Small Enterprise

Nyeri County takes surprise lead in the uptake of fish farming

Members fish at a group pond in Nyeri County. Statistics from the Department of Fisheries show Nyeri is leading other counties in aquaculture, thanks to the economic stimulus programme. Photo/Joseph Kanyi
Members fish at a group pond in Nyeri County. Statistics from the Department of Fisheries show Nyeri is leading other counties in aquaculture, thanks to the economic stimulus programme. Photo/Joseph Kanyi 

Nyeri is reaping the fruits of the Economic Stimulus Programme after it was declared the best county in fish farming— beating areas perceived as leading in production and consumption such as Kisumu and Homa Bay.

This is according to statistics from the Department of Fisheries presented by a don at Karatina University.

The Deputy Vice-Chancellor in-charge of Academic, Research and Students Affairs, Prof Aloo Obudho, revealed this as she presided over a fishery stakeholders’ workshop organised by the university.

In 2012, Nyeri County produced more than 21,800 metric tonnes of fish from ponds compared to a mere 12,154 metric tonnes produced by the entire nation in 2010, the statistics show.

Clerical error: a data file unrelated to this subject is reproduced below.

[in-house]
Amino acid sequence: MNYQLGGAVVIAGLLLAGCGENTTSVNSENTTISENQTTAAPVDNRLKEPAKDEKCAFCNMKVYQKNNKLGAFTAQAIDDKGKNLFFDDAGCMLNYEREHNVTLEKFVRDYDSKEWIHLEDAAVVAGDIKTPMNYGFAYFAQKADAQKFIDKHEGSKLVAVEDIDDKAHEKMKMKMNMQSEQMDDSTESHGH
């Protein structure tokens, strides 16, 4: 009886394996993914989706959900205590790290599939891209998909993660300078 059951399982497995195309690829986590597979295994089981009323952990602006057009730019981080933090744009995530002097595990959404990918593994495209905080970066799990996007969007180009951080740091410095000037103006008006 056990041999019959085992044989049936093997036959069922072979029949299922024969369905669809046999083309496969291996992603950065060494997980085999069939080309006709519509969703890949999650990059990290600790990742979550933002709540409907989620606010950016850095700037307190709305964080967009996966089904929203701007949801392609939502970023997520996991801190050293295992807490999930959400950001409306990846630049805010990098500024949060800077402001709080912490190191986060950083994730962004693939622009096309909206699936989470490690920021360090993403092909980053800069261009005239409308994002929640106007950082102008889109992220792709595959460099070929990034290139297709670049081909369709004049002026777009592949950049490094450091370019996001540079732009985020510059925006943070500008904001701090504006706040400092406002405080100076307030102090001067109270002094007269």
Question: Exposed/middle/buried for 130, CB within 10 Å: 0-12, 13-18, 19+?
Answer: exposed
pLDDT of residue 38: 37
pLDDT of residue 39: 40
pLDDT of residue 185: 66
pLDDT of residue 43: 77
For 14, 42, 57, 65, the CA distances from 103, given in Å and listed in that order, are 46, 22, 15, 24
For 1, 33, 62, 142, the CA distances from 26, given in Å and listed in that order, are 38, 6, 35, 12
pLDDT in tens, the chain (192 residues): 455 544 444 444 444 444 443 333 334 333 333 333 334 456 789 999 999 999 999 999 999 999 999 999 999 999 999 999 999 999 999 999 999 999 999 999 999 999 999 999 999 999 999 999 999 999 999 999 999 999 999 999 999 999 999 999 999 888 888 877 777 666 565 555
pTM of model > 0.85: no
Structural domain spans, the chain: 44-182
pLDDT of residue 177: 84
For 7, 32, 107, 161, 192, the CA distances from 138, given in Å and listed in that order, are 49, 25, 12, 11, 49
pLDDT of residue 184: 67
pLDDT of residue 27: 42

Prof Aloo, however, noted that aqua-culture in Kenya was still not very popular in other parts of the country although it was introduced more than 60 years ago and despite numerous efforts by the government to promote it.

In 2010, the government through the Economic Stimulus Programme (ESP) provided a total of Sh2 billion to help revitalise fish farming in the country.

According to the Nyeri County Director of Fisheries, Mr Julius Nyoro, the county has registered one of the highest adoption rates, with more than 60 per cent of the beneficiaries of ESP retaining the ponds funded by the government through the programme and even going ahead to build more from earnings from their fish farms.

William Kiama, who was a councillor before taking up aquaculture, urged Kenyans living in regions where the practice can thrive to diversify, terming it one of the most modern lucrative farming ventures.

Mr Kiama said he earns more than 450,000 shilling per acre of water surface in one season of six to eight months, which not many agricultural ventures can yield.

He, however, challenged local universities to offer farmers short courses in fish farming and aqua-management to bridge the gap between the ever growing number of fish farmers and strained extension services.

A fish trader in Nyeri, Titus Murage. noted that fish eating in Nyeri had become increasingly popular. Mr Murage said he sells more than 400 kilos of fish a day and asked more people to rear fish in order to meet rising demand for the delicacy.

Prof Aloo asked the government to invest more in fish farming so as to reduce over-reliance on stocks from the lakes that are getting depleted besides bringing closer the realisation of vision 2030.